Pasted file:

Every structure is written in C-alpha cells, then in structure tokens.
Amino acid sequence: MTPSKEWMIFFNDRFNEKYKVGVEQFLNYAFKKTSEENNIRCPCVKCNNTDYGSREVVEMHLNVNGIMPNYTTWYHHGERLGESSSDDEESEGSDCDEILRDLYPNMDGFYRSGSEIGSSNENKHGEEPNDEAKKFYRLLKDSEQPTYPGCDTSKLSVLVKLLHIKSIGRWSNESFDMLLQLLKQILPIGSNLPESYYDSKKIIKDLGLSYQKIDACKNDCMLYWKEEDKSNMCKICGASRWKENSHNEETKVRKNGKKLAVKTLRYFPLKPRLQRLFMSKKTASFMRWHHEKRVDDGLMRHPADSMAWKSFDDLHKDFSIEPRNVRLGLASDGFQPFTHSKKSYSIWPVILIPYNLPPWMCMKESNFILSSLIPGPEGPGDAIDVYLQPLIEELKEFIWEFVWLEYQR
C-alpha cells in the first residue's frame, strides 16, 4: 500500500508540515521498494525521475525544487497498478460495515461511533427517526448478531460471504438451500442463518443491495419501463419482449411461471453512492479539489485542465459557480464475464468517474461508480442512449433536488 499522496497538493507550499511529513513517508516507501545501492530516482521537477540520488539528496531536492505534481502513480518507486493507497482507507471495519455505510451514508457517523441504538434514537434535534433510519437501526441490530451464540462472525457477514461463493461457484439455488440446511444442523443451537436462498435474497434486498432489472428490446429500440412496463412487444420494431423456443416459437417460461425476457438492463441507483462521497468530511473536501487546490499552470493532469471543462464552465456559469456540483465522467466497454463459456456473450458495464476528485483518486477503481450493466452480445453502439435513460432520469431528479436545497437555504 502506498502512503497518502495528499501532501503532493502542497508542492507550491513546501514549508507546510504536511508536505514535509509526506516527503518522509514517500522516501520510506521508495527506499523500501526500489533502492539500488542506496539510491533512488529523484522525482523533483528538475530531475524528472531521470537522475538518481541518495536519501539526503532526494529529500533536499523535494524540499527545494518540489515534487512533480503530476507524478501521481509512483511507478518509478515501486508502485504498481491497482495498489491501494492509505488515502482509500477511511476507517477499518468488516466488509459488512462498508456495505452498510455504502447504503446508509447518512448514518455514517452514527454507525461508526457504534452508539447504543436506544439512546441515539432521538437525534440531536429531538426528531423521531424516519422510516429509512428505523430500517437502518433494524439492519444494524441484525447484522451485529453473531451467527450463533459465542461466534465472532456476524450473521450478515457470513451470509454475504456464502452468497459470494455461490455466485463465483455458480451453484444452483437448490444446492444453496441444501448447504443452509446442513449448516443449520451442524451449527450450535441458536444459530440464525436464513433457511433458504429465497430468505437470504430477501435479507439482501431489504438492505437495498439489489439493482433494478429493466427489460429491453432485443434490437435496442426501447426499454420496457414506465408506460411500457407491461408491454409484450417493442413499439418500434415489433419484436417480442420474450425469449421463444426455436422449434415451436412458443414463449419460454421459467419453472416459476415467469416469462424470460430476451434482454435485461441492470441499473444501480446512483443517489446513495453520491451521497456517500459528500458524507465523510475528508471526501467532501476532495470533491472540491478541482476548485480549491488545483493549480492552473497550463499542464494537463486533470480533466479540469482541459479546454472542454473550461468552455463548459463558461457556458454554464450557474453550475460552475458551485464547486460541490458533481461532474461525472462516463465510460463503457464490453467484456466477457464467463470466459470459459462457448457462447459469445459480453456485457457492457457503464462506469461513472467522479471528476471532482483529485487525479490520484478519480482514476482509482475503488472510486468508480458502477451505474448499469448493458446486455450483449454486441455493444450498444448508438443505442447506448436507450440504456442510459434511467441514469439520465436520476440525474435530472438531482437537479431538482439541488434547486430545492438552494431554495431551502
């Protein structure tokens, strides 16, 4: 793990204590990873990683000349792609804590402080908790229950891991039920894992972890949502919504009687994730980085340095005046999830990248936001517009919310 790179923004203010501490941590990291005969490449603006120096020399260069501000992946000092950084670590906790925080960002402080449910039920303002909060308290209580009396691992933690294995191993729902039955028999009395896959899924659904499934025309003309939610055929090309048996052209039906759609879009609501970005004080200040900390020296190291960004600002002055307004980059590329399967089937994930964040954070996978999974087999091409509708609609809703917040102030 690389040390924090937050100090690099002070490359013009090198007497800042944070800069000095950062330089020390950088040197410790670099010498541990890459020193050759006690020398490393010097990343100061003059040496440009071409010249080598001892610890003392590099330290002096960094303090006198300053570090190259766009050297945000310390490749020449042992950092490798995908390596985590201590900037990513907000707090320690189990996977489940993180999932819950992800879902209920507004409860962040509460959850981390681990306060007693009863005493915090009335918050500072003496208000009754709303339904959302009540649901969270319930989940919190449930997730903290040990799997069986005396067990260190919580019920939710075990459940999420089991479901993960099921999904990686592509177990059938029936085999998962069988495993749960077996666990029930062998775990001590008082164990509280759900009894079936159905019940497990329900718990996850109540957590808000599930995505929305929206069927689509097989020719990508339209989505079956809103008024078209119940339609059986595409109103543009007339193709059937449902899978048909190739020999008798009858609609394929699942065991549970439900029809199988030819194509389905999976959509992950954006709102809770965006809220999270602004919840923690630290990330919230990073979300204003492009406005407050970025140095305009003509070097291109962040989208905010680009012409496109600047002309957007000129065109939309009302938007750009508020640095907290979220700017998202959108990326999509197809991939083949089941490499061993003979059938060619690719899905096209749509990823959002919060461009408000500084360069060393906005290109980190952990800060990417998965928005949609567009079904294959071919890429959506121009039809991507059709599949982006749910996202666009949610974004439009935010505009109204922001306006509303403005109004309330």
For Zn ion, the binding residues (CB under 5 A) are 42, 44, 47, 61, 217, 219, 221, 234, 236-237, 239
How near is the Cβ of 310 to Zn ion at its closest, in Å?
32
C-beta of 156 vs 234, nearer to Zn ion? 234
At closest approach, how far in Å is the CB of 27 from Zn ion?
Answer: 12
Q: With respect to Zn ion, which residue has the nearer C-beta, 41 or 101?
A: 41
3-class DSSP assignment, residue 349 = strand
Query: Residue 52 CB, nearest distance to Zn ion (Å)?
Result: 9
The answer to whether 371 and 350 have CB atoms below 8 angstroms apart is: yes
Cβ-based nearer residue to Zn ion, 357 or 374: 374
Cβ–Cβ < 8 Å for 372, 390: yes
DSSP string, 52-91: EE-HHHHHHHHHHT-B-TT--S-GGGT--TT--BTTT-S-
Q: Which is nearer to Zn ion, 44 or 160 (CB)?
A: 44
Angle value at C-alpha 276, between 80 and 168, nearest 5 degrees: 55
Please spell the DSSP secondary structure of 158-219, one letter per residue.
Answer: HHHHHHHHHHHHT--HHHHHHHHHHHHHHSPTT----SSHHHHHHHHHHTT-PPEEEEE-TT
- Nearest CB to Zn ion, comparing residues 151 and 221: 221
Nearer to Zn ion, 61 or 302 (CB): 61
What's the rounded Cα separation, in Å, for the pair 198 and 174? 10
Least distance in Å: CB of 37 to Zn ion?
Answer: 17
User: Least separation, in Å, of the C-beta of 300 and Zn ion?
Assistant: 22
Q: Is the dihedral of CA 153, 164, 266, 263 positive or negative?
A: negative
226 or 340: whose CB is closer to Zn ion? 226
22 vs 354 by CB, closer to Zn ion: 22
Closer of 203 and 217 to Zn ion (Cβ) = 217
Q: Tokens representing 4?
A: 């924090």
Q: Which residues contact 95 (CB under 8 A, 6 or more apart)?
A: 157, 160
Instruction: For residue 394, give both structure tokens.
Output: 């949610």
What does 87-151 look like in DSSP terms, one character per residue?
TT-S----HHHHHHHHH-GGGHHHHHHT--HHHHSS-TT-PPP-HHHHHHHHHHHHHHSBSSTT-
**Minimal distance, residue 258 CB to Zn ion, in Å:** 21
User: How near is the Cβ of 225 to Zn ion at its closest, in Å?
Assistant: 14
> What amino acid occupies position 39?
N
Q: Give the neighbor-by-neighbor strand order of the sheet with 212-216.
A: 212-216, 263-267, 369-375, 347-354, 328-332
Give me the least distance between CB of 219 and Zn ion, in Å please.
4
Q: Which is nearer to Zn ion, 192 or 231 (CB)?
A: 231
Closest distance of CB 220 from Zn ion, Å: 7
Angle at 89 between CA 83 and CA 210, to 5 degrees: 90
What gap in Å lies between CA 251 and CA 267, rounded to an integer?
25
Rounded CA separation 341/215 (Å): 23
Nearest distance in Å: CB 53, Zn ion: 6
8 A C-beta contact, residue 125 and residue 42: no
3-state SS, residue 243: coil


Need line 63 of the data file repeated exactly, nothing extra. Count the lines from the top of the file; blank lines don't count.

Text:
3-state SS, residue 243: coil